PROFILE BY BEST RESTAURANTS
My only experience with Pisco was when my Grandfather had just returned from a trip to South America, bringing back a malicious looking bottle of it. He whisked the egg whites, squeezed the lemon juice, prepped his glass and added the sugar before shaking the cocktail maker with a cheeky grin on his face. With pride, he filled my glass to the brim, complete with a dash of bitters. Eagerly, I took a gulp of my swish looking drinking. He watched as the liquid ran down my throat and my eyes widened in horror- there had to be something wrong. In shattered response, he gingerly took the glass to his lips. He burst out laughing. Instead of sugar, he had added mountains of salt to his beloved Pisco. So let me assure you, my first Pisco certainly was sour.
So it was with these memories that I sat down for an evening at Morena Restaurant – where I was not only about to re-discover Pisco but also experience my first taste of Peruvian food. With floor-to-ceiling glass windows, an open kitchen and formal dining settings, the space at Morena is modern yet there are various design elements, such as the exposed wooden floorboards and disordered champagne glass display, that create a more "down to earth" vibe. A pisco cocktail arrived promptly at the table and in anxious trepidation, I took a sip. The result was glorious. Not the soap-in-the-mouth experience I was expecting. I finished mine, and my partners and then longingly looked at the waiter for more. He knew I had caught the bug. I was addicted. I had officially discovered Pisco.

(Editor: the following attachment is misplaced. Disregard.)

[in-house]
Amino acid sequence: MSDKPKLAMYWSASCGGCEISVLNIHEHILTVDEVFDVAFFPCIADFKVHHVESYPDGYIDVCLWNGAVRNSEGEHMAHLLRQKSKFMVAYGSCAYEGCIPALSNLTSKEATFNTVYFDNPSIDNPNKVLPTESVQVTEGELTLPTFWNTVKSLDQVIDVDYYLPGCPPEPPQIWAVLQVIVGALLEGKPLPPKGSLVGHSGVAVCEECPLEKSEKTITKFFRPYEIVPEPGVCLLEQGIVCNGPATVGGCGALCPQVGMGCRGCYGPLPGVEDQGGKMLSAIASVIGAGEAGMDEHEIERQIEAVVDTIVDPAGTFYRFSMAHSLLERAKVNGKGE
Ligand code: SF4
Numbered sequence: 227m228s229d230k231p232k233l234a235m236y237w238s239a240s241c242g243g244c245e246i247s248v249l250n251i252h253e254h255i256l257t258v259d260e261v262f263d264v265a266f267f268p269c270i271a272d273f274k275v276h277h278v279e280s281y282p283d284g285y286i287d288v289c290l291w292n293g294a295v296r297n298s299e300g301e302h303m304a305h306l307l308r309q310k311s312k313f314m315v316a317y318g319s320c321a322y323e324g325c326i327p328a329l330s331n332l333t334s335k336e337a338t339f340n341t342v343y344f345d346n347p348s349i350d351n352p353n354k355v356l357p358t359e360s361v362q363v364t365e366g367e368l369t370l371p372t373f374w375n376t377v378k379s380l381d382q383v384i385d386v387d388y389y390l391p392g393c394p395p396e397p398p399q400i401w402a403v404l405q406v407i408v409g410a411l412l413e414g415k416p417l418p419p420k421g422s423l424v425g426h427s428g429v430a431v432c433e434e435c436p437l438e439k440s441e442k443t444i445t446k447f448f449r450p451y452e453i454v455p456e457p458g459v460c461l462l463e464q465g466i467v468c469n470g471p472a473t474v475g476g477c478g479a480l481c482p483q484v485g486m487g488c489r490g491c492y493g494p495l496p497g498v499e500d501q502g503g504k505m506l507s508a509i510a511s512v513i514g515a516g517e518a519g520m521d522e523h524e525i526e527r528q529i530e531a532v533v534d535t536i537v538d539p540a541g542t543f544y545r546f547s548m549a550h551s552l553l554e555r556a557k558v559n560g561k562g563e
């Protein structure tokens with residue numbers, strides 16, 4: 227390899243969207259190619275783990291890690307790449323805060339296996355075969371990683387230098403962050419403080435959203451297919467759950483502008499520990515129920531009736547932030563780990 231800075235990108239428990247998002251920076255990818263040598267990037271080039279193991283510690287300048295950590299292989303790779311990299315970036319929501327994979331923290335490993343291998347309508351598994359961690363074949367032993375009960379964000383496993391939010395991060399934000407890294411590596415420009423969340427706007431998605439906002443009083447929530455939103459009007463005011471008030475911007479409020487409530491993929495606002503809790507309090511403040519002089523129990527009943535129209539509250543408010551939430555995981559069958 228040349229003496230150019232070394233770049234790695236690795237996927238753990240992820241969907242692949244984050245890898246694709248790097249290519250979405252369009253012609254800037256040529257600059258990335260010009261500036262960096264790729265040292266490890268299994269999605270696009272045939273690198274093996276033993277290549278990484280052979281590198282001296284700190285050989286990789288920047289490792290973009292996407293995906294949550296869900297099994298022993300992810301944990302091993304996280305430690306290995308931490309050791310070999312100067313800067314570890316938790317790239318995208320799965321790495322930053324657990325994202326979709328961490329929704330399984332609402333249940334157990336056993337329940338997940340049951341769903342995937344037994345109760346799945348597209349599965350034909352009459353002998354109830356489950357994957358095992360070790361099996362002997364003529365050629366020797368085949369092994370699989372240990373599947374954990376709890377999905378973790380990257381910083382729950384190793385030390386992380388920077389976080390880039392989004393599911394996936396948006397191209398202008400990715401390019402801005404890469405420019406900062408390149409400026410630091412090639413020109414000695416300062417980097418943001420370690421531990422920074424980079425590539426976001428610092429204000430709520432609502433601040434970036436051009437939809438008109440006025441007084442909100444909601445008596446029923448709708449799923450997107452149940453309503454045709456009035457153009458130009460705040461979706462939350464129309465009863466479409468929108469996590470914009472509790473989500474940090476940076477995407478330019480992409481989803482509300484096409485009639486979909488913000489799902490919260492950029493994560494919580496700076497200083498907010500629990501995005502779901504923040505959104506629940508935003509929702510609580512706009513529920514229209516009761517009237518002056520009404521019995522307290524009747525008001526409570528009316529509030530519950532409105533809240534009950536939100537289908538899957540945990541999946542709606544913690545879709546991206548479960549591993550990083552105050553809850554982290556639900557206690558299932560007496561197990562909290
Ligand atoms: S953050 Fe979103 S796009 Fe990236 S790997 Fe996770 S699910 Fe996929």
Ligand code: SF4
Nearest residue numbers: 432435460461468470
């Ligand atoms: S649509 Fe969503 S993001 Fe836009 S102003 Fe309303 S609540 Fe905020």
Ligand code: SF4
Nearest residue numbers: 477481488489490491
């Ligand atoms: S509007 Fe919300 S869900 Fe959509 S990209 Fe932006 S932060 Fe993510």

Always a stickler for service, the wait staff truly were amazing. It doesn't matter how good the food is at a restaurant, if the service is comme ci, comme ça, then it still won't be a good night. Each staff member was equally bubbly, engaging, knowledgeable and warm. It was like they were all old friends. However the food refused to play second fiddle. Under Chef and owner Alejandro Saravia, the menu is described as Latin American, with a strong Peruvian influence. An entrée of grilled Queensland king prawns arrived in all its plump and succulent glory with a roasted almond puree that tasted almost chocolatey. A small dollop of squid ink caviar created a textural shift to the dish and the almost-fruity flavour worked well with the rich purée. Two wisps of dehydrated lettuce sat on top, giving the dish height and elegance. The 48-hour braised alpaca brisket was served with a dehydrated quinoa salad which was bursting with fresh herbs however it was the tres leches dessert which won my heart. This traditional Latin American sponge cake was soaked in three kinds of milk which meant it was moist and yet still light however it was the cinnamon in the cake that reigned supreme. Served with a side of roasted pineapple ice cream and an inca-berry compote, Morena, I will be back for more. More service, Pisco and cake.